The USPTO updates refusal of Sony’s ‘Let’s Play’ trademark application

They discovered what Let’s Plays are

A few weeks ago, Sony tried to trademark the phrase ‘Let’s Play’. Seeing as it’s a ubiquitous term for commentated gameplay that’s been used since the Something Awful forums coined it back in 2007, it’s no surprise that the US Patents and Trademarks Office shot it down. What was interesting was the USPTO’s justification for doing so.

It didn’t originally deny the application because of it being a well-known and widely used term, like you’d have expected them to. It denied it because someone else already has a similar trademark. Since 2013, a Georgia-based company that connects gamers to events has been going by the name LP Let’z Play of America. Seeing as both are to do with video games, the USPTO deemed there to be a high risk of confusion, and so Sony was shot down with no mention of the actual meaning of the term.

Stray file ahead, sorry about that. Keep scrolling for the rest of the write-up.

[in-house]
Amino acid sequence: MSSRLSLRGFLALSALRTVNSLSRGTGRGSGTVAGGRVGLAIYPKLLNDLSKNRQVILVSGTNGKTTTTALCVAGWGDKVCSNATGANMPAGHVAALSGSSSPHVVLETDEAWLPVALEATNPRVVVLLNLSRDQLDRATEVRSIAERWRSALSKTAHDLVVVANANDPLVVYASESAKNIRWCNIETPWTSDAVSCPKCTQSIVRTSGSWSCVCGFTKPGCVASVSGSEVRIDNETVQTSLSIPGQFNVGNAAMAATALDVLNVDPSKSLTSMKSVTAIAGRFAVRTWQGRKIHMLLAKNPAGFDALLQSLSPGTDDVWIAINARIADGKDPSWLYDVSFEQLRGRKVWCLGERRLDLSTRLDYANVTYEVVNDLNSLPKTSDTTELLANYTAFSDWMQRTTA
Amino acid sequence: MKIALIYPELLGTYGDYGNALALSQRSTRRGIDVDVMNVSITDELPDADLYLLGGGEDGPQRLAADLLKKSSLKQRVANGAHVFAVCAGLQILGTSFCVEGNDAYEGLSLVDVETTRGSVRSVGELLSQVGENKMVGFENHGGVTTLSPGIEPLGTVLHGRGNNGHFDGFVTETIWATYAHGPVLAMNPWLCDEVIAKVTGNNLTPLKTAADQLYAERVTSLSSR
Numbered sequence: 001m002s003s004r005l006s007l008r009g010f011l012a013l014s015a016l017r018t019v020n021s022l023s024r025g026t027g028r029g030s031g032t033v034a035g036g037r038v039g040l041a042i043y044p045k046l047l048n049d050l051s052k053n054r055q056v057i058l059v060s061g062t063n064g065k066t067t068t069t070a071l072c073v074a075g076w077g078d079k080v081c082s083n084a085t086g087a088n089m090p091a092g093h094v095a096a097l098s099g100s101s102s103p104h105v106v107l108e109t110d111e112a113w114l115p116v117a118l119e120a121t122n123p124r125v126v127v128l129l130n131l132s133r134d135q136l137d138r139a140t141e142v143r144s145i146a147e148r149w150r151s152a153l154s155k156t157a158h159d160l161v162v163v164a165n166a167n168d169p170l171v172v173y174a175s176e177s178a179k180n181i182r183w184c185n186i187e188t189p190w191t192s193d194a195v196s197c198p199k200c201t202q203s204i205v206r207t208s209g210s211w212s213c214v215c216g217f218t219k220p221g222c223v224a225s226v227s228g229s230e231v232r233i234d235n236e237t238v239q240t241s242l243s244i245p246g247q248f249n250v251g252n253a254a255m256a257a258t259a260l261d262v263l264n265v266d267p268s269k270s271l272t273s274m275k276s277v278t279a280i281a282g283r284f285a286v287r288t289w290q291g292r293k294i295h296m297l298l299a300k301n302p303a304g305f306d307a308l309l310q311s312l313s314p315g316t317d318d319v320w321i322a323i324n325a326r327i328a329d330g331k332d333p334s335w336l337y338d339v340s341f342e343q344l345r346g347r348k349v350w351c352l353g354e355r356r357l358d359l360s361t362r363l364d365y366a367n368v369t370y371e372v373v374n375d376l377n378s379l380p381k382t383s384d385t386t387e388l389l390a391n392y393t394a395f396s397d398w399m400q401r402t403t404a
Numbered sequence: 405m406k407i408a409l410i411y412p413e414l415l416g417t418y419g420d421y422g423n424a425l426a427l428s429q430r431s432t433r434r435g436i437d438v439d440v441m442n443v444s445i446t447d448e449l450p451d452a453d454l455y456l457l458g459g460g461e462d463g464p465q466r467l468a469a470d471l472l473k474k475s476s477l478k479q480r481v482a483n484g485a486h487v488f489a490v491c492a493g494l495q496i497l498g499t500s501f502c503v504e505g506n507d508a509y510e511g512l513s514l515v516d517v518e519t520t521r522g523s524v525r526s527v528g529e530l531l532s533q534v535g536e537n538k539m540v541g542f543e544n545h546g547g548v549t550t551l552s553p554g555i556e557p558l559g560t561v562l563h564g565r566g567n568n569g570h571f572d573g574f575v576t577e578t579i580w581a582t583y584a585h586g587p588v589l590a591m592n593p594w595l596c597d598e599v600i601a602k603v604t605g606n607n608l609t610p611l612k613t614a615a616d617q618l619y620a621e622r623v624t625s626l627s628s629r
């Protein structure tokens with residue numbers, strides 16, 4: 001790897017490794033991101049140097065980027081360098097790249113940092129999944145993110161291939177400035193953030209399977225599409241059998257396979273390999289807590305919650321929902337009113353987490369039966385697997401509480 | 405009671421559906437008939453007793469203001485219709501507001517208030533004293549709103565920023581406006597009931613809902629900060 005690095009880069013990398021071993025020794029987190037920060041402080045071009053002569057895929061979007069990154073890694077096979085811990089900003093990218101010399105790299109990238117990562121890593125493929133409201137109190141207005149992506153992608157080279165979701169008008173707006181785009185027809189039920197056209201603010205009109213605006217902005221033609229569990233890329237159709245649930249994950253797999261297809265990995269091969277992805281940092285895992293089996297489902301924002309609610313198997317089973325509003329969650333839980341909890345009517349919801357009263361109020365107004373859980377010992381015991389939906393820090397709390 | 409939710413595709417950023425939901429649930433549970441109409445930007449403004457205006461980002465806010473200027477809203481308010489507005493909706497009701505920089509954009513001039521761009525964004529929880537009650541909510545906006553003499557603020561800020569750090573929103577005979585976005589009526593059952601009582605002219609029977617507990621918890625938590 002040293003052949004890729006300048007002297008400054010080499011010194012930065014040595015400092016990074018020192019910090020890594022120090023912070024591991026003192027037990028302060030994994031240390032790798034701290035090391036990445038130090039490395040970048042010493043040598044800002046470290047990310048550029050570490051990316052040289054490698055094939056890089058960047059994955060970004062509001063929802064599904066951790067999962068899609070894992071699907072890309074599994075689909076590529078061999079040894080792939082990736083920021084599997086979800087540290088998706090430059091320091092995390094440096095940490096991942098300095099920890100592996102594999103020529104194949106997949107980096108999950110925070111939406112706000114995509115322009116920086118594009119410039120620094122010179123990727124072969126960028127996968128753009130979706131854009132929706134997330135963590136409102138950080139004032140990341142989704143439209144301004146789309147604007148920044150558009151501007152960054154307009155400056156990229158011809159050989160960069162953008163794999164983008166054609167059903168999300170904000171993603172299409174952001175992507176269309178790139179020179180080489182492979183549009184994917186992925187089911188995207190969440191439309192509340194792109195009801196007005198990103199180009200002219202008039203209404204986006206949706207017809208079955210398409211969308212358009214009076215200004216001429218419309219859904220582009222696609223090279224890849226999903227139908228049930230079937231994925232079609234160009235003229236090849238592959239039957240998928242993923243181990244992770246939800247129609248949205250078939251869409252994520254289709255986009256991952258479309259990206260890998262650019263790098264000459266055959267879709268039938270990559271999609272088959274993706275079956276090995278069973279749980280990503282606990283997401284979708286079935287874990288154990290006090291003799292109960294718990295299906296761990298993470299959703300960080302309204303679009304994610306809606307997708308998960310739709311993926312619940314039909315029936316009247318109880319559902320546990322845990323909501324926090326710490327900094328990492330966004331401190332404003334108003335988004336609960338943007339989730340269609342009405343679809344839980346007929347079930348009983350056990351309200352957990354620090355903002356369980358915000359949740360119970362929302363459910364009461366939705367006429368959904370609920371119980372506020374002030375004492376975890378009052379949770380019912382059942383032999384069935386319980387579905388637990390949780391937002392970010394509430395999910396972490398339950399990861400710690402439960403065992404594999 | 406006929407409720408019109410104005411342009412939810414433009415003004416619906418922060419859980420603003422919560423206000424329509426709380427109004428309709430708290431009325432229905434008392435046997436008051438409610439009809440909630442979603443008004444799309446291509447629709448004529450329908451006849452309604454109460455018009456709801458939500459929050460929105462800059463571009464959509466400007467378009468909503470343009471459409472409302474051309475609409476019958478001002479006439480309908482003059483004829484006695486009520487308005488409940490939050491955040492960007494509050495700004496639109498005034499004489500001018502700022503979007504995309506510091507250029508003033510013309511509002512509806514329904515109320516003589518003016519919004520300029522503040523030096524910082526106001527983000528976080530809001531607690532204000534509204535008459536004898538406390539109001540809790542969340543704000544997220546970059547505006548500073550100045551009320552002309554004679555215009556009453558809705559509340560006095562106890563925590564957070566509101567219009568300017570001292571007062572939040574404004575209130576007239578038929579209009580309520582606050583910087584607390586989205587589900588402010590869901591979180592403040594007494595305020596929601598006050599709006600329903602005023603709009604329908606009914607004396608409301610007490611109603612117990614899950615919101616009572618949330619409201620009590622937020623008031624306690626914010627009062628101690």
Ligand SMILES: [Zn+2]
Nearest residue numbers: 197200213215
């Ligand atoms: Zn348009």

It seems as though the USPTO has now finally realised it missed a pretty big reason to deny the application. It has updated its ruling to state that the phrase ‘Let’s Play’ is so widespread and common when discussing commentated gameplay, that it’s simply just a descriptor and not a brand. It’d be like trademarking ‘duck’ or ‘vacuum cleaner’.

Sony still has six months to challenge the ruling, but seeing as the USPTO decided to go back and strengthen its case, I don’t think Sony will get very far with it.

Next week: Sony tries to trademark the word ‘foot’.

Sony’s “Let’s Play” Trademark Denial Amended by USPTO [DualShockers]

Sony’s “Let’s Play” Trademark Denial Amended by USPTO

Joe Parlock